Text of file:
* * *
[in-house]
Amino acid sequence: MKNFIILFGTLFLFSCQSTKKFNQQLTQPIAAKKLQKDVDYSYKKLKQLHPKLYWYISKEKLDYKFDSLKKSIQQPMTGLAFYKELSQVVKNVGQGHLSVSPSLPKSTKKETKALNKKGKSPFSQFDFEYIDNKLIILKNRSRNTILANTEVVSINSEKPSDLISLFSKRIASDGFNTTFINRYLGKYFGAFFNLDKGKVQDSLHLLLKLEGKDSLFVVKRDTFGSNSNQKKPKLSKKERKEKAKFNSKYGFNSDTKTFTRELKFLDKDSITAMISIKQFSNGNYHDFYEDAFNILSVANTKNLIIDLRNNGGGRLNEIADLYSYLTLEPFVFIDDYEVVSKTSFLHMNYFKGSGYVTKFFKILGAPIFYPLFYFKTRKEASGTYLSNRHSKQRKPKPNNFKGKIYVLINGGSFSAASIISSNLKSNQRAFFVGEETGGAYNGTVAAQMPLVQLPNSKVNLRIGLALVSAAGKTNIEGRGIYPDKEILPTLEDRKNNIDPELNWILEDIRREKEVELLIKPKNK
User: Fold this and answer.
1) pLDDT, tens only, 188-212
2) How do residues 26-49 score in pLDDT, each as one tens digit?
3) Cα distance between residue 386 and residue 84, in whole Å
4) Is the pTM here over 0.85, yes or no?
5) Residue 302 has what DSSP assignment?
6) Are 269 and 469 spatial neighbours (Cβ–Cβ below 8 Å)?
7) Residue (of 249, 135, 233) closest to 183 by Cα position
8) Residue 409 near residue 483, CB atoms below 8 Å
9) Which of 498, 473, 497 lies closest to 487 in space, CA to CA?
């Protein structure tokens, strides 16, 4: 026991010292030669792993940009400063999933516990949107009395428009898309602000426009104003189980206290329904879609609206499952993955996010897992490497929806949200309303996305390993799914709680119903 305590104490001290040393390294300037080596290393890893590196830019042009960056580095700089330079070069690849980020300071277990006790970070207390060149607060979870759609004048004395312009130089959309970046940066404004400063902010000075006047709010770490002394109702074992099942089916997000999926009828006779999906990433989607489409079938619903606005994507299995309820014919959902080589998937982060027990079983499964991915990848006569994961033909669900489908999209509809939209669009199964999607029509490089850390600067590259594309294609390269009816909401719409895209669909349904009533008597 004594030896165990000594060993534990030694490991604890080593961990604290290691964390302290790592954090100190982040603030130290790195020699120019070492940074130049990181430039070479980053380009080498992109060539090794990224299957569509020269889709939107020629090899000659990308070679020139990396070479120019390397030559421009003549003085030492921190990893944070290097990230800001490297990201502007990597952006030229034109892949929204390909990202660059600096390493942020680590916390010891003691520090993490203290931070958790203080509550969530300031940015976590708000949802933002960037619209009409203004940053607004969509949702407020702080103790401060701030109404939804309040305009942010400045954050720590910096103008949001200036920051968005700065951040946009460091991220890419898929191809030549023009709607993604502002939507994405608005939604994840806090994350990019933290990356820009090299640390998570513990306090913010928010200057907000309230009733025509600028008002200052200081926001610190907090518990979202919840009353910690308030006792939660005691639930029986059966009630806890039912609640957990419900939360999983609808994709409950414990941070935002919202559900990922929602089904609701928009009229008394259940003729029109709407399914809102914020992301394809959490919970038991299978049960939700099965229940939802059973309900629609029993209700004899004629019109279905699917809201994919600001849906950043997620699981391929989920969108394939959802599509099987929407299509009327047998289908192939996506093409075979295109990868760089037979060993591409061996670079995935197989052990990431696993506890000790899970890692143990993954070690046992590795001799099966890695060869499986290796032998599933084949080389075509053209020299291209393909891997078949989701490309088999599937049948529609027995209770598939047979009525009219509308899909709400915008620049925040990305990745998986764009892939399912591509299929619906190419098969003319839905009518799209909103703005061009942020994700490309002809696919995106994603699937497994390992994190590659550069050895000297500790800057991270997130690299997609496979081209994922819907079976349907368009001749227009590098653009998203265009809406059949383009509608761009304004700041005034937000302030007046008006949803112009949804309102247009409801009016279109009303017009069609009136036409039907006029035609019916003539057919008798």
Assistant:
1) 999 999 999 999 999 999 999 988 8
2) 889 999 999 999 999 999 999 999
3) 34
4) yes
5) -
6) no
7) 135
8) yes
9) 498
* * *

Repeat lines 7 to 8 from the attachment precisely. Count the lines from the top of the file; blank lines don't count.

4) Is the pTM here over 0.85, yes or no?
5) Residue 302 has what DSSP assignment?